By GEOFF MIERS
MANAGING CITRUS – PART ONE
Citrus trees are highly productive, give you a high return for relatively little effort but they do need to be managed properly.
With proper care in managing pest and disease outbreaks, along with providing ample water and food as required, your citrus trees should live for over 50 years.
With citrus currently bursting into bloom and new growth emerging it’s a great time to address pest and disease issues, feeding to boost spring growth and ensure you get good fruit set while also adjusting the amount of water being applied as the temperature starts to climb.
Many trees are still loaded with large quantities of fruit. Navel oranges will start to dry out and go soft so they should be picked with some haste and enjoyed while still full of moisture and flavour. (See photo 1.)
Fruit left on the tree can also impact on the new crop currently forming. The tree will be in bloom with fruitlets currently forming.
Because the navel orange has been hanging on the tree for 10 to 11 months sometimes scale insects and mealy bug can be found on the fruit and attached branches.
If the mealy bug is only on the fruit, simply harvest the fruit, peel and the pest problem is gone. (See photo 2.)
The chances are the mealy bug will have progressed onto the branches supporting the fruit. Either squash with your fingers, jet off with sudden hard squirts of water, spray with white oil or white oil and malathion.
If this approach doesn’t appear to work you may need to treat the tree with a systemic insecticide.
After all fruit has been harvested treat the tree with a systemic insecticide like Confidor as this will travel right through the tree and any insect that sucks on the sap will perish.
Red Californian scale can often be found on the fruit only at this time of the year.
This scale appears as brown, orange or red tiny dots on the fruit. Harvest the fruit, peel and the problem is gone. Otherwise spray with white oil making sure you completely cover the fruit. The white oil will smother the scale insect and it will die.
Valencia oranges are only just reaching full maturity and can be left to hang on the tree for several months. My Valencia orange produces fully ripe fruit from late August through to late December and early January.
Many lemon trees are currently really full of fruit and the crop needs to be thinned with some priority. If the entire crop is left on the tree it is likely the weight will cause the branch to snap. (See photo 3.)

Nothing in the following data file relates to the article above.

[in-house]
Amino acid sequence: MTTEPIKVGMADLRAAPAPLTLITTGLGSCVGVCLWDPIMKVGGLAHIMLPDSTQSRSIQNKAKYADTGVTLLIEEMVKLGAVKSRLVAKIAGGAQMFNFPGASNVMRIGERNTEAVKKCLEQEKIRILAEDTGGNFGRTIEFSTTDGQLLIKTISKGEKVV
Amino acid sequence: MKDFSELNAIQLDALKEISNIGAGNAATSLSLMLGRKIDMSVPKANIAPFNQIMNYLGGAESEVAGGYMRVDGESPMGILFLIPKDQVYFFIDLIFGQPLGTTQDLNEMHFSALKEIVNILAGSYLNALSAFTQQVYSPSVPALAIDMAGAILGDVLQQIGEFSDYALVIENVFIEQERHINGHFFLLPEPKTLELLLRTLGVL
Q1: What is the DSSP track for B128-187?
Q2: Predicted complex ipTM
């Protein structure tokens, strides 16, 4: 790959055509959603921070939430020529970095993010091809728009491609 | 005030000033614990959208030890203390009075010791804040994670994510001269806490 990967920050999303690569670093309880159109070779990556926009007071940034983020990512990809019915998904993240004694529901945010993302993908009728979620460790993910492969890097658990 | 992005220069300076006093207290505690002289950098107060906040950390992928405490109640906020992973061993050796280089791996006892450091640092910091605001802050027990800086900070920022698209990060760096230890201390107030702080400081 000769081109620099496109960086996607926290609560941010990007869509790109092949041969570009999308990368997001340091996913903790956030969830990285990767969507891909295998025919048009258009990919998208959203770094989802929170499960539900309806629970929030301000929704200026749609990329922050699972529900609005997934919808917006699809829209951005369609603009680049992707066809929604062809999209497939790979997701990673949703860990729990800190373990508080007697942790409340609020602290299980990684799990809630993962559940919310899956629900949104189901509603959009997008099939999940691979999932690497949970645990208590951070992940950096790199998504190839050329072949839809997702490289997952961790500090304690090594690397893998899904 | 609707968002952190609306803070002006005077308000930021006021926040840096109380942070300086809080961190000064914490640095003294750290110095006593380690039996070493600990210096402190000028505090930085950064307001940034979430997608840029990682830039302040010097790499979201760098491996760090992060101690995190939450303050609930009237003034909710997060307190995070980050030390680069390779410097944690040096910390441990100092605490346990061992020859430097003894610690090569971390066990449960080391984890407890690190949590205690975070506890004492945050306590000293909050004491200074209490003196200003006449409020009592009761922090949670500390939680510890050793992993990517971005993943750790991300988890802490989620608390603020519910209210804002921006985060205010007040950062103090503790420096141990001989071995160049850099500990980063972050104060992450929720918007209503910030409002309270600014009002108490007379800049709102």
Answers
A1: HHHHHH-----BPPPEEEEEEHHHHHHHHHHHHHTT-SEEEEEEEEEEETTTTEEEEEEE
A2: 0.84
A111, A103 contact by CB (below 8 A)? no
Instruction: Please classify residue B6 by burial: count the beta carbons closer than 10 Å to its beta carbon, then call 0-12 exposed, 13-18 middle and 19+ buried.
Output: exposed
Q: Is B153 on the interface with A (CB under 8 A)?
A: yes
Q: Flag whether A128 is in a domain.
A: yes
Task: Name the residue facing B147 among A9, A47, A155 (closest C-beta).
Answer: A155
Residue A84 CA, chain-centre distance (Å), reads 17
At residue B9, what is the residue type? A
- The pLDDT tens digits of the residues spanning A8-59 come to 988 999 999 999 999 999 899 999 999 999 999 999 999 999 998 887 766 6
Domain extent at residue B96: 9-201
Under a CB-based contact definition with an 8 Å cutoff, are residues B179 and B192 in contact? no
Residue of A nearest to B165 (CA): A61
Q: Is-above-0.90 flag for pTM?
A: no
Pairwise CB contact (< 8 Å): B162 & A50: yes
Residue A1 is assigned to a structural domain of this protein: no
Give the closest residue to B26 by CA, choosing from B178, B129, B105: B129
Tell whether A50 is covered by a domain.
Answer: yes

A broken branch can severely impact on the shape of the tree with often quite serious surgery needed to remove the broken branch and reducing the impact of the damage to limit pest and diseases entering the wound. (See photo 4.)
Over time many branches large and small may have been removed from the tree. Poor pruning techniques are often evident where branch stubs are left.
These branch stubs will never produce new growth and should be removed right back to what is called the collar that surrounds the base of the branch.
This poor pruning management can result in the longer term die-back in these branch stubs that can progress down the into the main branch resulting in further die-back.
When growth occurs from below the graft this new growth needs to be removed. Coming from the root stock graft it is likely to not only be vigorous in growth and outgrow the rest of the tree it will only produce dry, useless fruit at the expense of the rest of the tree.
This regrowth from below the graft will generally have a different leaf form and will have noticeably long thorns. If the regrowth is relatively new you should simply tear off this growth. By tearing it off it is unlikely to regrow back.
If the regrowth has been allowed to grow for some time it will be necessary to cut off or saw off this unwanted growth.
What is required whether using secateurs or a pruning saw you need to cut back to what we term the collar that can be found at the base of the new regrowth branch and the main branch or trunk.
Cutting back to as close as you can to the collar will result in the collar eventually growing over the removed branch sealing the wound completely. Damaging the collar, best described as a swollen ring as the base of the branch will retard or prevent this regrowth.
Once cutting back to the collar I prefer to paint over the wound with a runny mix of copper oxychloride and water to limit the potential for fungal disease to enter the wound before the tree has had a chance to seal the wound.
The same approach is required when dead or pest ridden or diseased branches need to be removed.
PHOTOS: Navel orange in full bloom needs its mature fruit removed • Note cluster of mealy bug on the bottom of the navel orange • Eureka lemon tree fully loaded with fruit with branch hanging down under the strain • Branch on Eureka lemon broken due to weight of fruit. Branch needs to be carefully removed.